The Little Brown Eyed Girl of Nickel Mines
THE LITTLE BROWN EYED GIRL
OF NICKLE MINES
There are things in life that are as real today as they were when first they happened.
For me, seeing the devastation that once was Hiroshima, Japan, about ten weeks after the atomic bomb was dropped there, was one; the other was the horror that occurred at the Amish school in Nickel Mines, Pennsylvania on October 2, 2006.
Both of the incidents are connected in that they involved an old navy buddy, George Reynolds, who served with me aboard ship during WWII. We had stood together at the backboard of a truck as it made its way through what once was the city of Hiroshima and now was a hard to define mass of rubble.
More than sixty years later, in spring of 2006, I went to visit George at his home in Elkton, Maryland which is close to the Pennsylvania border and the Amish settlement of Nickel Mines. We started driving with no particular destination in mind and soon found ourselves in that Amish community.
As we drove through the countryside, I was impressed by the neat rows of tilled land that stretched to the horizon. All of the work involving the growing of the crops is done by hard manual labor and the Amish seem to thrive on it.
We stopped at a roadside stand that sold vegetables and plants and I bought George’s wife, Elvira, some hanging baskets.
Beside the stand, several Amish children were playing on a makeshift climbing device; the eldest appeared to be no more than seven years old.
As I walked by them, I reached into my pocket, removed a handful of change and offered it to the children. The oldest boy accepted the money nodding his head that he knew he was to share the money equally with his little friends.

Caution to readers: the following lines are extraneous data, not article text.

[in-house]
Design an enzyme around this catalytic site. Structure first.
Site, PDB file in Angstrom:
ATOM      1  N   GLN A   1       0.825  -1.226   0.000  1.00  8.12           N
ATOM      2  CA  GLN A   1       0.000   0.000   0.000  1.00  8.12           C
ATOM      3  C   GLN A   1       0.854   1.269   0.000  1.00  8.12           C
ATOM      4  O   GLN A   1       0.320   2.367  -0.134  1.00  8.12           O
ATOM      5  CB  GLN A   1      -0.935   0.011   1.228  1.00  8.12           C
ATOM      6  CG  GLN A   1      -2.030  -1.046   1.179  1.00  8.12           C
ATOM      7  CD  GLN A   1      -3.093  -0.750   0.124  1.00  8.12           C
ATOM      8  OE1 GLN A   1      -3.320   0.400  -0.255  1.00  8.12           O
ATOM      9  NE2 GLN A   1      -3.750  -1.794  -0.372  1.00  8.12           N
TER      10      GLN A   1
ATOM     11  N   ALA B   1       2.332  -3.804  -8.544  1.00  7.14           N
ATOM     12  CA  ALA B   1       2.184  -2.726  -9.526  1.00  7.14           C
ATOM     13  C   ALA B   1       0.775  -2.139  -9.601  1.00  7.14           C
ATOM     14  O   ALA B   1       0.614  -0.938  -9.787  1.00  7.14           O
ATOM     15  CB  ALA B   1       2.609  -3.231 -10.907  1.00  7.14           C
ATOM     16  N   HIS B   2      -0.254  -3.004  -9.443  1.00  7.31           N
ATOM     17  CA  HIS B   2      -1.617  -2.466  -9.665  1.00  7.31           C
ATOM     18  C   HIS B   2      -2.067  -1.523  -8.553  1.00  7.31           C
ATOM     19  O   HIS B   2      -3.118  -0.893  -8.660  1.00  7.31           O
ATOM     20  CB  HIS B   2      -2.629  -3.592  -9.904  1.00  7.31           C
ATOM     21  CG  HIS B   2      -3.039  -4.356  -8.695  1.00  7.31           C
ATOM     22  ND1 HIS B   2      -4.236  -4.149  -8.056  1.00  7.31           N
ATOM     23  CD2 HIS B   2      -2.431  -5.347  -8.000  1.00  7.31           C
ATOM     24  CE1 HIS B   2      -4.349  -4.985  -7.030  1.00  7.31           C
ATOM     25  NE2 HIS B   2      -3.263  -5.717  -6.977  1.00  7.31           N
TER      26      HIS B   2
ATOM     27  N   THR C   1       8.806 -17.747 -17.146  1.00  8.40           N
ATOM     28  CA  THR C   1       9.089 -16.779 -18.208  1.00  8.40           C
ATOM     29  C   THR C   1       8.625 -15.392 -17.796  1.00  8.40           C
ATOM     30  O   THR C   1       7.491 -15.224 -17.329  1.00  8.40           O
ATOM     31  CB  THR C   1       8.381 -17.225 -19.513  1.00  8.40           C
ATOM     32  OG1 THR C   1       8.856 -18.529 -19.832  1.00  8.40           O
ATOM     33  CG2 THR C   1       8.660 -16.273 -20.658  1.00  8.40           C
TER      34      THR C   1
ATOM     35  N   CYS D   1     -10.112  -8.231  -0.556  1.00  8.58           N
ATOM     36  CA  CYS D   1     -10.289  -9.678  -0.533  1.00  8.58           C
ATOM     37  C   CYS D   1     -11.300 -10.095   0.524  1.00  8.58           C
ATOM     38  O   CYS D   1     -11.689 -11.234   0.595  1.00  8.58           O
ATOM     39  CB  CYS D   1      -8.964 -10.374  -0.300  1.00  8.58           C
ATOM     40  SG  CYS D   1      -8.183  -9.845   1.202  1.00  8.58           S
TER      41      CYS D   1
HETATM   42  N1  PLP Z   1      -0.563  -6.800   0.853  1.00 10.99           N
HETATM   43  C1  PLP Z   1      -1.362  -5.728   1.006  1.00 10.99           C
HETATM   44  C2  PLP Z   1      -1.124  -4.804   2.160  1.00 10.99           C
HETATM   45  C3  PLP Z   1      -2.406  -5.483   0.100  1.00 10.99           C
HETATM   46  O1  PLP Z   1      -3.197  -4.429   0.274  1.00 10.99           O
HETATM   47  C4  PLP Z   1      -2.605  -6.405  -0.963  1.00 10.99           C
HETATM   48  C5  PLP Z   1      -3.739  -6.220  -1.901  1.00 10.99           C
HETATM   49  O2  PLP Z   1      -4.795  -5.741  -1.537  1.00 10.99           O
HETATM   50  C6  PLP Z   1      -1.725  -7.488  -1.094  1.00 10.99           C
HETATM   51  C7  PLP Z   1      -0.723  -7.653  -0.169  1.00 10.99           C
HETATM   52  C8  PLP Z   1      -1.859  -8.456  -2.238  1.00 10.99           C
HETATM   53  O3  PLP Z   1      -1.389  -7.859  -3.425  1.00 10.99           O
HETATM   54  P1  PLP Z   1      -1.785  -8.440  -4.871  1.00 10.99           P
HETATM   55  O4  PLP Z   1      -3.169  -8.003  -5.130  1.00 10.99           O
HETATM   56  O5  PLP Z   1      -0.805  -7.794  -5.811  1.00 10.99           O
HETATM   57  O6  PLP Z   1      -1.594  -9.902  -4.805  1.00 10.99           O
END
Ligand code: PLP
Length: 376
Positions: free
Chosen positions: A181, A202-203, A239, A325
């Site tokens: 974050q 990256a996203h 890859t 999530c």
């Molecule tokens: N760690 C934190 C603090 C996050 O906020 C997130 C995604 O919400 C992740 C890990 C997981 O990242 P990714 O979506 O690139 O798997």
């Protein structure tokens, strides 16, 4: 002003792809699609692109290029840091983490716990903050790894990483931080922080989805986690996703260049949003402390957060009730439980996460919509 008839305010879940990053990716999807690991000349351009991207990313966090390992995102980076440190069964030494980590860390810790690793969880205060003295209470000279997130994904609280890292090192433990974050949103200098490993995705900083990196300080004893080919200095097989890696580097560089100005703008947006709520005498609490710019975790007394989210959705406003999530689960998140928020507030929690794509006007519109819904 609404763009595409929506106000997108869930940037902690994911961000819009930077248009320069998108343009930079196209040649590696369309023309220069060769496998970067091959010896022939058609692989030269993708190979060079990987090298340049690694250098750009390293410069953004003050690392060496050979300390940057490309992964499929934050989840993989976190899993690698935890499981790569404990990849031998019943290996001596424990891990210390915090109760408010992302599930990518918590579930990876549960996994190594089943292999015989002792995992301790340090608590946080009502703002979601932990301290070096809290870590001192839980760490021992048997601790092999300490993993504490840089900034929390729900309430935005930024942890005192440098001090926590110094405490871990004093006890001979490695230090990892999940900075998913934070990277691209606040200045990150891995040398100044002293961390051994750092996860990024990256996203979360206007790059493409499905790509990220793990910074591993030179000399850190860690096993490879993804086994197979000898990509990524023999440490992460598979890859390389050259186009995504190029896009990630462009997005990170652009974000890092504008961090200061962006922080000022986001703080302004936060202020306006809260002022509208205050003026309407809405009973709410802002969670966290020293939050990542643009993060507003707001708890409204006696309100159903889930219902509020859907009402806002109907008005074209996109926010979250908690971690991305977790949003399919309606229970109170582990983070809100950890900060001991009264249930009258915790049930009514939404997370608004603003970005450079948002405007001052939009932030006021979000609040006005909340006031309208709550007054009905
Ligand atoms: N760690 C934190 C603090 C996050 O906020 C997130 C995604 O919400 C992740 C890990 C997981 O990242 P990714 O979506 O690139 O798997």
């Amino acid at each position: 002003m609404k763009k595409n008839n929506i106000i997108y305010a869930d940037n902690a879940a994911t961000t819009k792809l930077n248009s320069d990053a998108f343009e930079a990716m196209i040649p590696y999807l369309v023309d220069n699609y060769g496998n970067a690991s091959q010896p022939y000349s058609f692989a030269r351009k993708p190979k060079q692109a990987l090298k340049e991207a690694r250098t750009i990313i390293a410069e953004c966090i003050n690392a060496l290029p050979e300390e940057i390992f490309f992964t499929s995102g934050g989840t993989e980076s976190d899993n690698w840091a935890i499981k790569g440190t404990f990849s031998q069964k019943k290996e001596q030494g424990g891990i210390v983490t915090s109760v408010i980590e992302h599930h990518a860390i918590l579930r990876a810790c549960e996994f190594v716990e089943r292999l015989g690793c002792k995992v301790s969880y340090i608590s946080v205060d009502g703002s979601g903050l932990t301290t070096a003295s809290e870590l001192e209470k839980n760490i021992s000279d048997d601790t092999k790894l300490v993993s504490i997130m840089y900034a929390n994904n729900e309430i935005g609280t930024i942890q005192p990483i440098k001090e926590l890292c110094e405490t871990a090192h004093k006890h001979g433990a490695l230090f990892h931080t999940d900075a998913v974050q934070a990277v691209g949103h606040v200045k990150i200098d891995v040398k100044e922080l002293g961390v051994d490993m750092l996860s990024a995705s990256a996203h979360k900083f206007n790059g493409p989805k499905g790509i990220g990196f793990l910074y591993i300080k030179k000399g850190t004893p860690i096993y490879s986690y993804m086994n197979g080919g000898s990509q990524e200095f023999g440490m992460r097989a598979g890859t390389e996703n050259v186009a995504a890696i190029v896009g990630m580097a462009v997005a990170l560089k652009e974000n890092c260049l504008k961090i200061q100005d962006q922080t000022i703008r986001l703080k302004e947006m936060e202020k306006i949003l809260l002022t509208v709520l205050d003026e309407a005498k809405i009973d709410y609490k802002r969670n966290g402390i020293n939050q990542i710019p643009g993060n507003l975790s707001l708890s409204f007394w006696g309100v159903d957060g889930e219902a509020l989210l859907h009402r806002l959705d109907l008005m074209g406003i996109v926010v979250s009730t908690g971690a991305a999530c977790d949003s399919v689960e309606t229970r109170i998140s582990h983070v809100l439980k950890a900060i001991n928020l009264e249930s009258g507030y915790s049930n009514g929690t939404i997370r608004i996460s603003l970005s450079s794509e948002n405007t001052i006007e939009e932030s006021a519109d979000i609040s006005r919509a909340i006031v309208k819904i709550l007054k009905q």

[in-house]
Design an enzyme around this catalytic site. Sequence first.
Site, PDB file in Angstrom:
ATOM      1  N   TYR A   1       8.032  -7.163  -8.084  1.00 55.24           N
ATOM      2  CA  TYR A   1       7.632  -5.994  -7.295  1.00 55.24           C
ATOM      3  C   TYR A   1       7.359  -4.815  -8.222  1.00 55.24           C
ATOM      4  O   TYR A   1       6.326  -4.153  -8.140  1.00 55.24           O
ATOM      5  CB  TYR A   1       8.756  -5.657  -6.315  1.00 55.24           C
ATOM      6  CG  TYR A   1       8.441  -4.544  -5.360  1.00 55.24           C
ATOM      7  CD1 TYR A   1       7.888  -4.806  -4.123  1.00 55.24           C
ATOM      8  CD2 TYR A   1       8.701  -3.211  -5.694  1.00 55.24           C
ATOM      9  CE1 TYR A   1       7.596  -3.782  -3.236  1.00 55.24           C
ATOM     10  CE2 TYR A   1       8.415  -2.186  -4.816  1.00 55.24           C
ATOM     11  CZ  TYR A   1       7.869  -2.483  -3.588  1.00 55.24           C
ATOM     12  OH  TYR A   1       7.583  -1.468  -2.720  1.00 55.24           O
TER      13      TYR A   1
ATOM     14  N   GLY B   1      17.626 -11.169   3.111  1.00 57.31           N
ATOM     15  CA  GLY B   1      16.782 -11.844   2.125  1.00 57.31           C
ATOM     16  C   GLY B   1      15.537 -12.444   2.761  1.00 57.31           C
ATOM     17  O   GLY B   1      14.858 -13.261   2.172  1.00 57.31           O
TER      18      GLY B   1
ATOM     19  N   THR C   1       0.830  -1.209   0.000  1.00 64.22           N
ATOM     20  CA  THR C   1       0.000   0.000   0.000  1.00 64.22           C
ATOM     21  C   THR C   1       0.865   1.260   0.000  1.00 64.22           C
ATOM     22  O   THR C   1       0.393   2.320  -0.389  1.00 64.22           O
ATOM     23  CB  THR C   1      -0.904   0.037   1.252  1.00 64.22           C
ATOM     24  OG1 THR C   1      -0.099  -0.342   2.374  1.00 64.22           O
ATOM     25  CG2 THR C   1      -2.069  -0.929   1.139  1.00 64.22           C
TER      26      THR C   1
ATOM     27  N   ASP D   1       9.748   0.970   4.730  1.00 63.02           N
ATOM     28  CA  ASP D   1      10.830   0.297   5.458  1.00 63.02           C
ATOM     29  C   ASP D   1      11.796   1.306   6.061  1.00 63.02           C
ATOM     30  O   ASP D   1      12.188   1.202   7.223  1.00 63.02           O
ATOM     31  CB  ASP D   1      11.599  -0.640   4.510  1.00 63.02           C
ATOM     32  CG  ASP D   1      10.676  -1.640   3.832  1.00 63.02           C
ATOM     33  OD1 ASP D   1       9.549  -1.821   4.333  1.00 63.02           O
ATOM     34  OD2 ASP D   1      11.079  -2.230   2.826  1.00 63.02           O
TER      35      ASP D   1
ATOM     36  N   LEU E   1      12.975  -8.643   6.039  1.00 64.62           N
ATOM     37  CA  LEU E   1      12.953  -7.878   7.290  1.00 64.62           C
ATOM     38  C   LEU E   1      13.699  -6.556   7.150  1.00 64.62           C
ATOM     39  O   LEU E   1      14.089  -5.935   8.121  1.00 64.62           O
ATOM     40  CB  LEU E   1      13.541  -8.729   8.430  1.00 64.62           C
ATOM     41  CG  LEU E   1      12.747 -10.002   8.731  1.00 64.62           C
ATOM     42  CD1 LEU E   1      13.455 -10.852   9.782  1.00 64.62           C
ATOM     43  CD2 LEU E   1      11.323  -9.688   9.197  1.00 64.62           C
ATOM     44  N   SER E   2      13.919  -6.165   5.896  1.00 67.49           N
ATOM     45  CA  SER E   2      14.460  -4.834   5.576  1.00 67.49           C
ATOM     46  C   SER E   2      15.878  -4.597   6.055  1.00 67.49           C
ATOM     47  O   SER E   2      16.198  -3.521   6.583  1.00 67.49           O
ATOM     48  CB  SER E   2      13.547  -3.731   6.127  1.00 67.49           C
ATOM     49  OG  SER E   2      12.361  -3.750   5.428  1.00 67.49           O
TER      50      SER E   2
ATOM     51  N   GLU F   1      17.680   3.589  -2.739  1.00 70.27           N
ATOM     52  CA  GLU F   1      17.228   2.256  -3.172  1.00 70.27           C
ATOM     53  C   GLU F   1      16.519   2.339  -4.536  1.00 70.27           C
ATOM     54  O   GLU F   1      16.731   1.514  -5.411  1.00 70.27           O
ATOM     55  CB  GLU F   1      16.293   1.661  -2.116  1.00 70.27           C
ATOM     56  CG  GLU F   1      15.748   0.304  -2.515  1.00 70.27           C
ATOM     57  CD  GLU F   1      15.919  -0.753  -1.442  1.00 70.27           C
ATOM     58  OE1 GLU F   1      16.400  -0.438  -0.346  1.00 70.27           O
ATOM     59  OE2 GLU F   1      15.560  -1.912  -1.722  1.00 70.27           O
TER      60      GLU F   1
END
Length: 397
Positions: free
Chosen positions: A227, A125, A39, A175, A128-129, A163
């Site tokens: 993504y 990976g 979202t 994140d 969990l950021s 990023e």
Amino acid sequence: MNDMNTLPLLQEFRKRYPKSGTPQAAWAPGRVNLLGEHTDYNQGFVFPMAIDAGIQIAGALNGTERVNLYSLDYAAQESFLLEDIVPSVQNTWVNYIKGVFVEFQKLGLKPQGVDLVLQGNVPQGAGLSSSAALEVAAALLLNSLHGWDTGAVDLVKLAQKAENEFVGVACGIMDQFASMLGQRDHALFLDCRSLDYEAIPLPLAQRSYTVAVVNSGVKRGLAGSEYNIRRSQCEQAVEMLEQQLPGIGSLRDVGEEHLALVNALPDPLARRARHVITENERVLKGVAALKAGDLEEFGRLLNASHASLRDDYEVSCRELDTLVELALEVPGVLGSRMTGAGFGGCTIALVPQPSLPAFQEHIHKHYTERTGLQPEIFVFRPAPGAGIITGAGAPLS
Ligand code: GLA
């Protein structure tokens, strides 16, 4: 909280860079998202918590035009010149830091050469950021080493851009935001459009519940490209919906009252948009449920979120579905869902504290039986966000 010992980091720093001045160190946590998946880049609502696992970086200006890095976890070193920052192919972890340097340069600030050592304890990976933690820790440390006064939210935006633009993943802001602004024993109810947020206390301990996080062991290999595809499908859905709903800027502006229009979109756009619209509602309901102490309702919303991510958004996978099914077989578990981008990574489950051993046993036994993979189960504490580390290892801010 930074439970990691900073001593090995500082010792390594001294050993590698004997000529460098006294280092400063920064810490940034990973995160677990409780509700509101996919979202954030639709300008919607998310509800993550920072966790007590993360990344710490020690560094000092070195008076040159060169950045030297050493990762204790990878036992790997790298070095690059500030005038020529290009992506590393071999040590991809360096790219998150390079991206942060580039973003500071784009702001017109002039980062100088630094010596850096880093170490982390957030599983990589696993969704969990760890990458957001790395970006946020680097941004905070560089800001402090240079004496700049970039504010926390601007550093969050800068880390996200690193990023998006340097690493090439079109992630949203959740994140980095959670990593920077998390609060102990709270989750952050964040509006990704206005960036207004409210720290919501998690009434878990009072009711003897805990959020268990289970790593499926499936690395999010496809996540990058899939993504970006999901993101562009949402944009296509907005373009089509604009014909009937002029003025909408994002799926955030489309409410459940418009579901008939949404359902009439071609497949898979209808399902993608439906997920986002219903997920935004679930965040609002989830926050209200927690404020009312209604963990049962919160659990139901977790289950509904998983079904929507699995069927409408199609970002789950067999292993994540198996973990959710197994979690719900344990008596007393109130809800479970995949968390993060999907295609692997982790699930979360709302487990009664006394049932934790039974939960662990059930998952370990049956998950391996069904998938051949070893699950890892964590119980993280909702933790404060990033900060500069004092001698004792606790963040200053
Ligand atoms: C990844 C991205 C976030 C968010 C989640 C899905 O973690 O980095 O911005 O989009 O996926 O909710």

I looked over my shoulder as I entered the car; all the kids were seated in a circle intent on the division of the coins, all that is, with the exception of one little girl who followed me with her gaze.
Her little Amish bonnet fr
Then, the unthinkable occurred; ten little Amish girls were taken hostage and brutalized
A deranged milkman subjected them to a horror that their innocent minds could not comprehend and when it was over his actions had devastated the community.
My heart ached as I thought of my little brown eyed girl of the roadside stand and I wondered if she had been one of the victims.
A mixture of emotions, mostly those of rage and disbelief, engulfed me; how could this happen to these, the most innocent, the most precious of children.
George and I returned to the Nickel Mines area recently with the thought of seeking out two of the surviving girls who suffered the most serious injuries and offering them financial assistance.
As usual the roads were barren of motorized traffic and we encountered only two of the Amish horse drawn buggies.
Then, to my utter astonishment, I saw a little girl of about seven years of age walking beside the road. She was more than a mile from the nearest farmhouse and there were no adults in sight.
Her long gray dress, white apron and bonnet accentuated her beauty; she was angelic and the only thing missing were the wings.
I waved to her, expecting the same response I had received when I encountered the little girl at the roadside stand. But this time, the little one kept her gaze straight ahead; her eyes glistened and her shoulders began to shake. Fear had become a resident in the very young minds of Nickel Mines.
I wanted to take her in my arms and go back to the farm house; I wanted to shout at her parents for permitting her to go out alone.
I know the response would be that their faith sustained them even in the worst of circumstances; that if the carnage at the schoolhouse had shaken that faith then it was, in fact, not a true ex
The adults may well subscribe to their tenets, and find comfort therein but the children, so young, haven’t the capacity to fully do so and as a result are denied the solace thus afforded.
The Hiroshima debacle, of more than sixty-two years ago, still causes me an occasional sleepless night. When I returned home in the spring of 1946, a location was being sought for the United Nations building.
I tried contacting various officials in an effort to have them consider locating that glass sided structure in midst of the ruin that once was a city and to staff it with the survivors who were horribly mutilated in that conflagration.
These surrounding, I felt, would serve as a constant reminder to the U.N. Representatives of the insanity of trying to resolve national problems in any manner other than over a conference table.